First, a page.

Google is re-working the Google Play authorization system

May 16, 2012
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The Android world was somewhat up in arms today after discovering new limitations on Google Play Music, namely that you could only de-authorize up to four devices every year. This put those who often flash new phone or tablet ROMs in a bind, since an active flasher could run through his or her quota in a couple of months. The small but extremely vocal portion of Android users that this affects made their opinions known, and Google seems to have removed the limitation for the moment.

A few hours after changing the limit on Google Music itself, this message appeared on the Google Play support page:

Yesterday we made a change to our device policy for music on Google Play.  Any user can associate up to 10 devices to his or her account.  Once you have connected 10 devices, you may add a new device only by deauthorizing an existing one from your account, and you may do this up to four times per year.

We limit the number of times you can swap out new devices at the request of some of our music partners in an effort to limit abuse. We understand this has caused some issues for users who often deauthorize and reauthorize the same device, and we are currently re-implementing the solution in a way that works for our users and music partners.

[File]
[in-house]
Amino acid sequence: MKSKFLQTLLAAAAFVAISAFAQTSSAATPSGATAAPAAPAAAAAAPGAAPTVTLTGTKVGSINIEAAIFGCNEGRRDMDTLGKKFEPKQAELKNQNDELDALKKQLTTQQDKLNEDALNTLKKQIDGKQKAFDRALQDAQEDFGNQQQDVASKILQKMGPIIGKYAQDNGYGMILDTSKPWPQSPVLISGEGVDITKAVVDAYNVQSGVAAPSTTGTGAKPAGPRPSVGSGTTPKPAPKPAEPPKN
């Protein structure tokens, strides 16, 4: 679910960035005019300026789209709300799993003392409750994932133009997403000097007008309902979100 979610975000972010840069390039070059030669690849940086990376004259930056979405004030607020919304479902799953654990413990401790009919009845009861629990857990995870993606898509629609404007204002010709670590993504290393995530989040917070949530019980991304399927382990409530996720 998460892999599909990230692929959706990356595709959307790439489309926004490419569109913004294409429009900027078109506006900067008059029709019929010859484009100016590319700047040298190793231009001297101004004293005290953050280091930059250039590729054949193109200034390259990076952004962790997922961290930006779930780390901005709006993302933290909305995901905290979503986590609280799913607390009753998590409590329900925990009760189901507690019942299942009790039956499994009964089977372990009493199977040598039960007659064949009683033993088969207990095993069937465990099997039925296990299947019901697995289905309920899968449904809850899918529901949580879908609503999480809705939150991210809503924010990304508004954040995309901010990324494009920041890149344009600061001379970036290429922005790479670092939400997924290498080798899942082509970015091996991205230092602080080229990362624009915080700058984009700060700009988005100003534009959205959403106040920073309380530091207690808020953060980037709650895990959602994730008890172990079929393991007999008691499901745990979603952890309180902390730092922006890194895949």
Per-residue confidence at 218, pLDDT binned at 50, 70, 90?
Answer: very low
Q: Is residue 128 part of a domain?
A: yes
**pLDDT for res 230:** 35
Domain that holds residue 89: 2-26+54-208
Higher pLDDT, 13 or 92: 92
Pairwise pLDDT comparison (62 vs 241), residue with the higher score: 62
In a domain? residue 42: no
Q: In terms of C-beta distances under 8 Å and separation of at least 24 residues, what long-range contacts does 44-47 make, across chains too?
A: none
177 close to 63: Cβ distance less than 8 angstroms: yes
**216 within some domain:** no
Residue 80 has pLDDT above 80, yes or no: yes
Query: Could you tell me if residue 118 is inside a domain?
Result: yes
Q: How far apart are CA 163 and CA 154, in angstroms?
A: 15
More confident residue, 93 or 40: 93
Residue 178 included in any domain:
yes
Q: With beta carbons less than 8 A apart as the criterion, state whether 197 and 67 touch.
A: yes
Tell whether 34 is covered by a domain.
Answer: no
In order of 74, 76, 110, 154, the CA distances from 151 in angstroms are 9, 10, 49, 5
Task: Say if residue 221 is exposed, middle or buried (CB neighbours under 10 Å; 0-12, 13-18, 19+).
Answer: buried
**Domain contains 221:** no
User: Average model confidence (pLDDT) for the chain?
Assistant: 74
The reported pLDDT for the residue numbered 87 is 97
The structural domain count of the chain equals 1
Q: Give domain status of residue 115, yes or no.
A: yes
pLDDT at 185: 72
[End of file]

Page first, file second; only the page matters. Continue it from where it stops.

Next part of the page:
We apologize for any inconvenience and will update this page as new changes are made.

As many had suspected, the new limitation was a stipulation of Google's music publishing partners - who don't exactly have the best reputation when it comes to technological freedom (or common sense). At the moment and for the foreseeable future you're unlimited on the number of devices you can authorize and de-authorize, so if you're worried, head over to the Google Play Music settings page and remove your old devices or ROMs now.

The issue at hand isn't necessarily the restriction itself, it's how Google Play "sees" devices and software. If A Galaxy Nexus owner connects to the Google Play Store with a stock ROM, then CyanogenMod 9, then AOKP, it might be identified as three different devices. Frequent ROM flashers (not to mention phone reviewers!) can see a massive and disjointed list of devices and ROMs. You can see my personal list below, including a ton of devices I've reviewed for Android Community and various personal ROMs.

Google hasn't said how it will change the system, but they have promised to keep us posted. Considering how fast they changed their policy when notified of the problems therein, I'd say they've earned the benefit of the doubt.


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